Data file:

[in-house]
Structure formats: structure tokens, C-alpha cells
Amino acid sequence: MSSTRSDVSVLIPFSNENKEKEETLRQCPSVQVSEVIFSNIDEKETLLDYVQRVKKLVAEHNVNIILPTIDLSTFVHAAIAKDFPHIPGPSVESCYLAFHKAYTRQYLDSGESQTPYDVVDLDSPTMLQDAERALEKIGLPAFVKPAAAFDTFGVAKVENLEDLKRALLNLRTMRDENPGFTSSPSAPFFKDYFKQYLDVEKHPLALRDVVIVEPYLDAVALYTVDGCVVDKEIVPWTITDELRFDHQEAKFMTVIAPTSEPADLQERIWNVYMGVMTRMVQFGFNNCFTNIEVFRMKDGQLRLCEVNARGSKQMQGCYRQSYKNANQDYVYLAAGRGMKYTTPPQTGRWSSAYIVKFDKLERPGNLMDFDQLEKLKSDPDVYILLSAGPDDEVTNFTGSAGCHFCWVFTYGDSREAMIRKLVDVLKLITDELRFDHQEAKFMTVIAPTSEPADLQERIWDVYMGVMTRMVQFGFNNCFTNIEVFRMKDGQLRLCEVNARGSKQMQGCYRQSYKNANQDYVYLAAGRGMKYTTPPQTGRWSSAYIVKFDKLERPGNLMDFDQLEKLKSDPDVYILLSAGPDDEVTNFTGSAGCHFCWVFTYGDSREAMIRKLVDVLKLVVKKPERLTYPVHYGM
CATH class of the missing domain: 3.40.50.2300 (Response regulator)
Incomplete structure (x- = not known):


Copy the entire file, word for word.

[in-house]
Structure formats: structure tokens, C-alpha cells
Amino acid sequence: MSSTRSDVSVLIPFSNENKEKEETLRQCPSVQVSEVIFSNIDEKETLLDYVQRVKKLVAEHNVNIILPTIDLSTFVHAAIAKDFPHIPGPSVESCYLAFHKAYTRQYLDSGESQTPYDVVDLDSPTMLQDAERALEKIGLPAFVKPAAAFDTFGVAKVENLEDLKRALLNLRTMRDENPGFTSSPSAPFFKDYFKQYLDVEKHPLALRDVVIVEPYLDAVALYTVDGCVVDKEIVPWTITDELRFDHQEAKFMTVIAPTSEPADLQERIWNVYMGVMTRMVQFGFNNCFTNIEVFRMKDGQLRLCEVNARGSKQMQGCYRQSYKNANQDYVYLAAGRGMKYTTPPQTGRWSSAYIVKFDKLERPGNLMDFDQLEKLKSDPDVYILLSAGPDDEVTNFTGSAGCHFCWVFTYGDSREAMIRKLVDVLKLITDELRFDHQEAKFMTVIAPTSEPADLQERIWDVYMGVMTRMVQFGFNNCFTNIEVFRMKDGQLRLCEVNARGSKQMQGCYRQSYKNANQDYVYLAAGRGMKYTTPPQTGRWSSAYIVKFDKLERPGNLMDFDQLEKLKSDPDVYILLSAGPDDEVTNFTGSAGCHFCWVFTYGDSREAMIRKLVDVLKLVVKKPERLTYPVHYGM
CATH class of the missing domain: 3.40.50.2300 (Response regulator)
Incomplete structure (x- = not known):